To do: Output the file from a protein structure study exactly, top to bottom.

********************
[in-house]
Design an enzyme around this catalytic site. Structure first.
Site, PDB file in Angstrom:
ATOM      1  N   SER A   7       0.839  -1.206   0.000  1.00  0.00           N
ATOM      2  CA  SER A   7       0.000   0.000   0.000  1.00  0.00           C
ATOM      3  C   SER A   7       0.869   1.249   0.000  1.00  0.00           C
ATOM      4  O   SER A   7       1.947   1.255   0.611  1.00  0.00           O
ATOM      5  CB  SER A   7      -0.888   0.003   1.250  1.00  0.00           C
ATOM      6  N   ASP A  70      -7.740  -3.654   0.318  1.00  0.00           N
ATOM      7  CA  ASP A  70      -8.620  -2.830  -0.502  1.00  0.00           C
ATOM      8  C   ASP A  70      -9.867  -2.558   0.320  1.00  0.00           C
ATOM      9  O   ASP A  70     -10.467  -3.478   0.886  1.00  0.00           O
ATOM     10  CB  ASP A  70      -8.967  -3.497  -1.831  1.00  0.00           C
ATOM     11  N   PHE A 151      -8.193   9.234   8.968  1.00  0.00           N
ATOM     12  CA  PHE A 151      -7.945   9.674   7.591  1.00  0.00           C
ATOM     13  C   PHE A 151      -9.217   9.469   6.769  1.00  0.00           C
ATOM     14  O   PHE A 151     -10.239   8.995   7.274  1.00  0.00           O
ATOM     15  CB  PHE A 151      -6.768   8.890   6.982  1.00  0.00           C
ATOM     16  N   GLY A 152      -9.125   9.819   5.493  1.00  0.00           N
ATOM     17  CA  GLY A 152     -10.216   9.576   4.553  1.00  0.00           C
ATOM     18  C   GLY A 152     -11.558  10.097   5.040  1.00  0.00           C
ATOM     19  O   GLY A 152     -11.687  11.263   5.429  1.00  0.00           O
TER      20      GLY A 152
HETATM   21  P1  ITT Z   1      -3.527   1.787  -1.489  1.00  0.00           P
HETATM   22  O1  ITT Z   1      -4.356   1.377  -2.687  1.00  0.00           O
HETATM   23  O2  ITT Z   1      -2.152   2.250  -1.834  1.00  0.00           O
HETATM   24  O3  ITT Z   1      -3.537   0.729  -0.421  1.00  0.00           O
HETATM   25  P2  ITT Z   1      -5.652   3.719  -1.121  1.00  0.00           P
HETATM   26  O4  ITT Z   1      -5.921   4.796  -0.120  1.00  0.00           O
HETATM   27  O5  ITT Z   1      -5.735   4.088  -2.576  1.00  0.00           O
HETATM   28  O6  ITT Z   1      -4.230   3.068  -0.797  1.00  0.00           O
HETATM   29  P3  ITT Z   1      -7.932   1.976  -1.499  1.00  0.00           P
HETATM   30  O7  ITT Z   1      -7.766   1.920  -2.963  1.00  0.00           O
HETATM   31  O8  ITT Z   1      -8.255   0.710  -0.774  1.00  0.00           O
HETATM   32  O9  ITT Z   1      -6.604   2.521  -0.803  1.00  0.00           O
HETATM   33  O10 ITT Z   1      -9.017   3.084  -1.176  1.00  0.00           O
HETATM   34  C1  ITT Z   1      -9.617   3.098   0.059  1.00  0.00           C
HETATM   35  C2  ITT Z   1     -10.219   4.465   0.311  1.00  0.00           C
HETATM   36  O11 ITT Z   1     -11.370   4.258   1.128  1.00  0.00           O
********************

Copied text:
[in-house]
Design an enzyme around this catalytic site. Structure first.
Site, PDB file in Angstrom:
ATOM      1  N   SER A   7       0.839  -1.206   0.000  1.00  0.00           N
ATOM      2  CA  SER A   7       0.000   0.000   0.000  1.00  0.00           C
ATOM      3  C   SER A   7       0.869   1.249   0.000  1.00  0.00           C
ATOM      4  O   SER A   7       1.947   1.255   0.611  1.00  0.00           O
ATOM      5  CB  SER A   7      -0.888   0.003   1.250  1.00  0.00           C
ATOM      6  N   ASP A  70      -7.740  -3.654   0.318  1.00  0.00           N
ATOM      7  CA  ASP A  70      -8.620  -2.830  -0.502  1.00  0.00           C
ATOM      8  C   ASP A  70      -9.867  -2.558   0.320  1.00  0.00           C
ATOM      9  O   ASP A  70     -10.467  -3.478   0.886  1.00  0.00           O
ATOM     10  CB  ASP A  70      -8.967  -3.497  -1.831  1.00  0.00           C
ATOM     11  N   PHE A 151      -8.193   9.234   8.968  1.00  0.00           N
ATOM     12  CA  PHE A 151      -7.945   9.674   7.591  1.00  0.00           C
ATOM     13  C   PHE A 151      -9.217   9.469   6.769  1.00  0.00           C
ATOM     14  O   PHE A 151     -10.239   8.995   7.274  1.00  0.00           O
ATOM     15  CB  PHE A 151      -6.768   8.890   6.982  1.00  0.00           C
ATOM     16  N   GLY A 152      -9.125   9.819   5.493  1.00  0.00           N
ATOM     17  CA  GLY A 152     -10.216   9.576   4.553  1.00  0.00           C
ATOM     18  C   GLY A 152     -11.558  10.097   5.040  1.00  0.00           C
ATOM     19  O   GLY A 152     -11.687  11.263   5.429  1.00  0.00           O
TER      20      GLY A 152
HETATM   21  P1  ITT Z   1      -3.527   1.787  -1.489  1.00  0.00           P
HETATM   22  O1  ITT Z   1      -4.356   1.377  -2.687  1.00  0.00           O
HETATM   23  O2  ITT Z   1      -2.152   2.250  -1.834  1.00  0.00           O
HETATM   24  O3  ITT Z   1      -3.537   0.729  -0.421  1.00  0.00           O
HETATM   25  P2  ITT Z   1      -5.652   3.719  -1.121  1.00  0.00           P
HETATM   26  O4  ITT Z   1      -5.921   4.796  -0.120  1.00  0.00           O
HETATM   27  O5  ITT Z   1      -5.735   4.088  -2.576  1.00  0.00           O
HETATM   28  O6  ITT Z   1      -4.230   3.068  -0.797  1.00  0.00           O
HETATM   29  P3  ITT Z   1      -7.932   1.976  -1.499  1.00  0.00           P
HETATM   30  O7  ITT Z   1      -7.766   1.920  -2.963  1.00  0.00           O
HETATM   31  O8  ITT Z   1      -8.255   0.710  -0.774  1.00  0.00           O
HETATM   32  O9  ITT Z   1      -6.604   2.521  -0.803  1.00  0.00           O
HETATM   33  O10 ITT Z   1      -9.017   3.084  -1.176  1.00  0.00           O
HETATM   34  C1  ITT Z   1      -9.617   3.098   0.059  1.00  0.00           C
HETATM   35  C2  ITT Z   1     -10.219   4.465   0.311  1.00  0.00           C
HETATM   36  O11 ITT Z   1     -11.370   4.258   1.128  1.00  0.00           O